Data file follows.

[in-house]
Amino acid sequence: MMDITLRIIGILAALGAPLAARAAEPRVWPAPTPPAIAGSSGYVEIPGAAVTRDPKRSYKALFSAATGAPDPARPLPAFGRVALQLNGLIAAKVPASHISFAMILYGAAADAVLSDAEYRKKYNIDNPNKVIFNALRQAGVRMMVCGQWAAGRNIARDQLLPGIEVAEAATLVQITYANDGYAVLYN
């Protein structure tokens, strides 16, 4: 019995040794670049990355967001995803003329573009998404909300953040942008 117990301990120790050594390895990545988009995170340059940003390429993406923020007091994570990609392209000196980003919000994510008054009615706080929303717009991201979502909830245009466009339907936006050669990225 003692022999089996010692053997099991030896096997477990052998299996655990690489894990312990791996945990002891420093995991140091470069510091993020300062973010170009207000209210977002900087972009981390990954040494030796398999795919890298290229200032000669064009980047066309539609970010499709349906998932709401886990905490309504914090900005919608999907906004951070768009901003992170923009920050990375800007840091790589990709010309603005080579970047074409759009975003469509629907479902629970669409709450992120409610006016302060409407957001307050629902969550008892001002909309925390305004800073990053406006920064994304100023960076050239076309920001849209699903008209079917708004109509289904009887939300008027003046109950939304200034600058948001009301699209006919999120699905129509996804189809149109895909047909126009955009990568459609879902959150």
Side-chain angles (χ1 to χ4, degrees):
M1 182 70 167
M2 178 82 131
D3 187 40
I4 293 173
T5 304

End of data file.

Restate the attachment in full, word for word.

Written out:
[in-house]
Amino acid sequence: MMDITLRIIGILAALGAPLAARAAEPRVWPAPTPPAIAGSSGYVEIPGAAVTRDPKRSYKALFSAATGAPDPARPLPAFGRVALQLNGLIAAKVPASHISFAMILYGAAADAVLSDAEYRKKYNIDNPNKVIFNALRQAGVRMMVCGQWAAGRNIARDQLLPGIEVAEAATLVQITYANDGYAVLYN
């Protein structure tokens, strides 16, 4: 019995040794670049990355967001995803003329573009998404909300953040942008 117990301990120790050594390895990545988009995170340059940003390429993406923020007091994570990609392209000196980003919000994510008054009615706080929303717009991201979502909830245009466009339907936006050669990225 003692022999089996010692053997099991030896096997477990052998299996655990690489894990312990791996945990002891420093995991140091470069510091993020300062973010170009207000209210977002900087972009981390990954040494030796398999795919890298290229200032000669064009980047066309539609970010499709349906998932709401886990905490309504914090900005919608999907906004951070768009901003992170923009920050990375800007840091790589990709010309603005080579970047074409759009975003469509629907479902629970669409709450992120409610006016302060409407957001307050629902969550008892001002909309925390305004800073990053406006920064994304100023960076050239076309920001849209699903008209079917708004109509289904009887939300008027003046109950939304200034600058948001009301699209006919999120699905129509996804189809149109895909047909126009955009990568459609879902959150």
Side-chain angles (χ1 to χ4, degrees):
M1 182 70 167
M2 178 82 131
D3 187 40
I4 293 173
T5 304